More importantly, what about Biden's judgment? Shortly after he became senator in 1972, he voted to cut off funding the South Vietnamese in their war against the North Vietnamese invaders despite President Richard Nixon's promise to provide financial support and military airstrikes against a North invasion. The country's failure to make good on this promise led to hundreds of thousands of Vietnamese "boat people" and to the murder of an estimated 2 million Cambodians by the Khmer Rouge. Biden opposed the Reagan military buildup and the Strategic Defense Initiative, which even some Reagan-haters grudgingly concede hastened the demise of the Soviet Union. Biden called Reagan's pursuit of SDI "one of the most reckless and irresponsible acts in the history of modern statecraft."
Biden opposed the first Gulf war, the "good" one. He voted for the Iraq War and co-authored a Washington Post op-ed piece in which he warned that our involvement would take a decade and urged the nation to show patience. When the war went south, along with public opinion, Biden suggested breaking Iraq into three parts. Then Biden reversed his support, said he regretted his vote, and opposed Bush's successful "surge."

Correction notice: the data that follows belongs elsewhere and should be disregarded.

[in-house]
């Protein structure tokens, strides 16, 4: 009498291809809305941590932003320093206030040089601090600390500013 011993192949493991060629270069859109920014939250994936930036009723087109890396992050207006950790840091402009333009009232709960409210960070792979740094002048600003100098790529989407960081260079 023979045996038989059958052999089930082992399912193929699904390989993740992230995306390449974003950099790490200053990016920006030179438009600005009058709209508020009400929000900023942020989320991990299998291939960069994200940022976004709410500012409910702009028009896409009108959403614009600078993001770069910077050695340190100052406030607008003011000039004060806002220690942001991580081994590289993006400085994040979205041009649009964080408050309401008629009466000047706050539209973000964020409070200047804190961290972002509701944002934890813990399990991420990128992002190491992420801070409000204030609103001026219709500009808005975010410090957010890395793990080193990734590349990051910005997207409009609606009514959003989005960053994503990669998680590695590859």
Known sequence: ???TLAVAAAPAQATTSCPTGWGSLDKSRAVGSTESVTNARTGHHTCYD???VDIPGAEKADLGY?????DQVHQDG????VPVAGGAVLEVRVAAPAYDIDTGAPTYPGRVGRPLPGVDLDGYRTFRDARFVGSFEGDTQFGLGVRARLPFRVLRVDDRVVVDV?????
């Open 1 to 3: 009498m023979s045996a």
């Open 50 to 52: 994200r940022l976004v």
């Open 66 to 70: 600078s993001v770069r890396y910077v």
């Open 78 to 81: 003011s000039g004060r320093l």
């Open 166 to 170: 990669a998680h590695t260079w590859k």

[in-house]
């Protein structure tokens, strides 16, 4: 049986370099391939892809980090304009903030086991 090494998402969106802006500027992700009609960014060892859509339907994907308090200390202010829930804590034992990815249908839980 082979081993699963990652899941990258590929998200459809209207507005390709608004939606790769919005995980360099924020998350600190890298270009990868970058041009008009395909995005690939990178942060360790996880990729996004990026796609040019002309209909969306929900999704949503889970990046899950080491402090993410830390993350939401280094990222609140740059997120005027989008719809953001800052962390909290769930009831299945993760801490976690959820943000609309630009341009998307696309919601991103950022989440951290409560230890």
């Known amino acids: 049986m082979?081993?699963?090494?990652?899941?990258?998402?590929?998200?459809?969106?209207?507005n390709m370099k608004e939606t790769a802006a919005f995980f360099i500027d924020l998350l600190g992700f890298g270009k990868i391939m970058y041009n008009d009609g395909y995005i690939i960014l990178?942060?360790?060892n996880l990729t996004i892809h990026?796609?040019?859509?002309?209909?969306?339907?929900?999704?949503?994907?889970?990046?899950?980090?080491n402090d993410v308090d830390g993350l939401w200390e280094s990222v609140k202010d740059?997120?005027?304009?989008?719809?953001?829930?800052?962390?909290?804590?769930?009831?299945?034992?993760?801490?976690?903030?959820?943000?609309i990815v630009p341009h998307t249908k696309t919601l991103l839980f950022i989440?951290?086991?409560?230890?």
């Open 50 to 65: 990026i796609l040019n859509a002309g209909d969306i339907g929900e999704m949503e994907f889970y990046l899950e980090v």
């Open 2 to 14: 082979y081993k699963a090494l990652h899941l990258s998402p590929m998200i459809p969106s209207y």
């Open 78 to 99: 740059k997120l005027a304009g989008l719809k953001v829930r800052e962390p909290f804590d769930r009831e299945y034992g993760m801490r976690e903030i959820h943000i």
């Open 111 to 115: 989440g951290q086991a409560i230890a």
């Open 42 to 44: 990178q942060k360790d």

Former CBS reporter Dan Rather tried to prove -- based on documents that turned out to be fraudulent -- that Bush received preferential treatment in getting into the Texas Air National Guard. Former President Bill Clinton, on the other hand, used familial political and social connections to deliberately delay issuance of his draft notice until after he began his first year at Oxford. Ordered to report for induction the next summer, Clinton again used connections -- including the approval of Arkansas Selective Service director Willard Hawkins -- to join the University of Arkansas ROTC while he attended law school, getting him a reservist deferment and nullifying his draft notice. But Clinton then returned to Oxford, not Arkansas. When the draft lottery placed him at the back of a very long line, Clinton wrote an explanatory letter telling Hawkins that he "loathed" the military. With the Vietnam War winding down and other draft requirement changes making it extremely unlikely that he would be called up, Clinton symbolically asked his draft board to drop his deferment and reclassify him "1-A."
Palin, if she decides to run, faces a grueling series of challenges -- just like the other candidates. Except she'll not benefit from the selective standard that liberals apply when evaluating "their own."